When you're completely swamped with homework, it's normal to worry about the sheer quantity of things you have to do. There's no need to freak out. You can get in control and organize assignments by priority using a nifty to-do checklist. Once you have a list with tasks prioritized from most to least important it will be clear what you have to do and when you have to do it. So how do you determine what to do first? Consider these questions:

  • When is the due date? Very simply, the sooner it's due, the sooner you should get it done.

  • How much does this assignment weigh on your overall grade? If you feel really stressed about two time-consuming assignments that are due the same day, try to complete the one that will have a bigger effect on your overall grade first. For example, if one task is completing a month-long science fair experiment and the other is the weekly book review you write for Language Arts, finish the science experiment first. You may be tempted to complete a few smaller assignments before digging into the big one, but that can paint you into a corner because of time constraints. If you get a big chunk of the larger assignment done and need a break from thinking about it, that's a good time to do a smaller, less weighty assignment. Use your freshest energy on the bigger piece, and find time for the little stuff in between.

  • How long will the work take? The bigger the assignment, the more wary you should be of leaving it until the last minute. So what to do if it's Monday and you have to do a lengthy report on a historical figure by Friday? Break up the assignment into more manageable parts and do small sections of the report each day. Pacing yourself allows you to complete big projects with ease while still managing your regular nightly homework.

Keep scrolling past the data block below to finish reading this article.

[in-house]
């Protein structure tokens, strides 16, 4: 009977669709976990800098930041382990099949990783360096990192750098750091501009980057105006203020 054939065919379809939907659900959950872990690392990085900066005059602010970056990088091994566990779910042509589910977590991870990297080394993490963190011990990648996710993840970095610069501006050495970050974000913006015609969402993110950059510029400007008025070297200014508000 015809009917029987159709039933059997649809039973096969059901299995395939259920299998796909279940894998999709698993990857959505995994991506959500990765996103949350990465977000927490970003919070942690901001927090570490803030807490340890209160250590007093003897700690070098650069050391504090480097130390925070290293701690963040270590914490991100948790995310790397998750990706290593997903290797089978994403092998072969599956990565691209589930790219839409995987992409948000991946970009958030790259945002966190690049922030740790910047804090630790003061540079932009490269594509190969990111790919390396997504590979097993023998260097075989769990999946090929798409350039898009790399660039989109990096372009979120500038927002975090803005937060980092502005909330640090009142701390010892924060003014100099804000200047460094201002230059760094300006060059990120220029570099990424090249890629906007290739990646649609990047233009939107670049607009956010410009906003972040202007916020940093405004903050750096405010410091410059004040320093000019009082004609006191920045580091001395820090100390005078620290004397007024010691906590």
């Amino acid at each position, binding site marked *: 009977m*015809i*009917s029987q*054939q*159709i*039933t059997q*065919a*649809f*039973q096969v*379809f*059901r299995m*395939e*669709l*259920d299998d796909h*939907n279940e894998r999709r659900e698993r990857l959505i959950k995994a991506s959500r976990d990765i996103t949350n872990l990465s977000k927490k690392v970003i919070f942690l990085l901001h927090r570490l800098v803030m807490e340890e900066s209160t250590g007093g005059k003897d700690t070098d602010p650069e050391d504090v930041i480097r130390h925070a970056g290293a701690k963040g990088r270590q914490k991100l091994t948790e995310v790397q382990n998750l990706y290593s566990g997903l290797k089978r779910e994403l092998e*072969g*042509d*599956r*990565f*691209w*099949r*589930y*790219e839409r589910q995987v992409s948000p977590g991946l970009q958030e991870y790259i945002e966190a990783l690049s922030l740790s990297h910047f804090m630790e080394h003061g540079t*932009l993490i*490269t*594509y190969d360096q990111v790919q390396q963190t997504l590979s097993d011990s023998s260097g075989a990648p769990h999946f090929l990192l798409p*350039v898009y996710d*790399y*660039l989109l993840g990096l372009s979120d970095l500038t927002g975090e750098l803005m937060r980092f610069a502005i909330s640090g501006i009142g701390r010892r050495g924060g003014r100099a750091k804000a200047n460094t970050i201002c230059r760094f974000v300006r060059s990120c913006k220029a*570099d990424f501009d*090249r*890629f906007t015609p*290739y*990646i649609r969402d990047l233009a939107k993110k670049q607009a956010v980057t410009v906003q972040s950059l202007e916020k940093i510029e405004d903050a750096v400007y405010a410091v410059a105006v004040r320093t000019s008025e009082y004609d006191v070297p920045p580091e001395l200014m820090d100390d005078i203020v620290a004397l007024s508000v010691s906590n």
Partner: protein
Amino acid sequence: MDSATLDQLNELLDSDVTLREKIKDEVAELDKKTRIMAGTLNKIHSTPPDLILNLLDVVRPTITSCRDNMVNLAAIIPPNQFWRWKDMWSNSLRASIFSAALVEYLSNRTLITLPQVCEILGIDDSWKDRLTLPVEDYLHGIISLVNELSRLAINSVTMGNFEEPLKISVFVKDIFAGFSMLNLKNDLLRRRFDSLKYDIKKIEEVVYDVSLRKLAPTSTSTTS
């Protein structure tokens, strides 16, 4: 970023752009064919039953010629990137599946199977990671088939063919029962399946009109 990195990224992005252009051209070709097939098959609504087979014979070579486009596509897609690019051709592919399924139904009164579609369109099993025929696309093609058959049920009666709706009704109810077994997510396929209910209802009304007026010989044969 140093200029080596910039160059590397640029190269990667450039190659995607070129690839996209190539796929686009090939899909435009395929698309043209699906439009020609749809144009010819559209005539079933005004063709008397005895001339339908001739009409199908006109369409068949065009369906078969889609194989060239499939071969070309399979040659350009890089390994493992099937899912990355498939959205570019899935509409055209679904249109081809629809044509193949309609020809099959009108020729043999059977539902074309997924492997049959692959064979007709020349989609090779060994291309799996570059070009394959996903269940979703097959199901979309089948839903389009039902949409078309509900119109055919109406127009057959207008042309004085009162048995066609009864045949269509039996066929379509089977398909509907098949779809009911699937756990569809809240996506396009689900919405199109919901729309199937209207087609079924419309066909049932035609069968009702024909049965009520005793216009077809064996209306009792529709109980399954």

• How strong are you in that particular subject? If Math is your weak subject, your math homework should generally be a higher priority. Why? Because getting it done early means you have plenty of time to check your answers and seek help if you need it. Fight the tendency to leave the worst for last.

  • Is the assignment group work or a solo project? Always strive to contribute to group projects by setting the bar high. Do a good job and finish your work as soon as possible — you don't want to let your group down! They are depending on you, as you're depending on them. So show the respect you want to receive in return, and schedule your other work for after you finish.

  • Where are you getting the information necessary to complete the work? If all the information you need is on your computer, in your notes, or from your own textbook, that's one thing. But if you know that you have to take a trip to the library by tomorrow to ensure your research material is available, then don't delay. Get to it ASAP!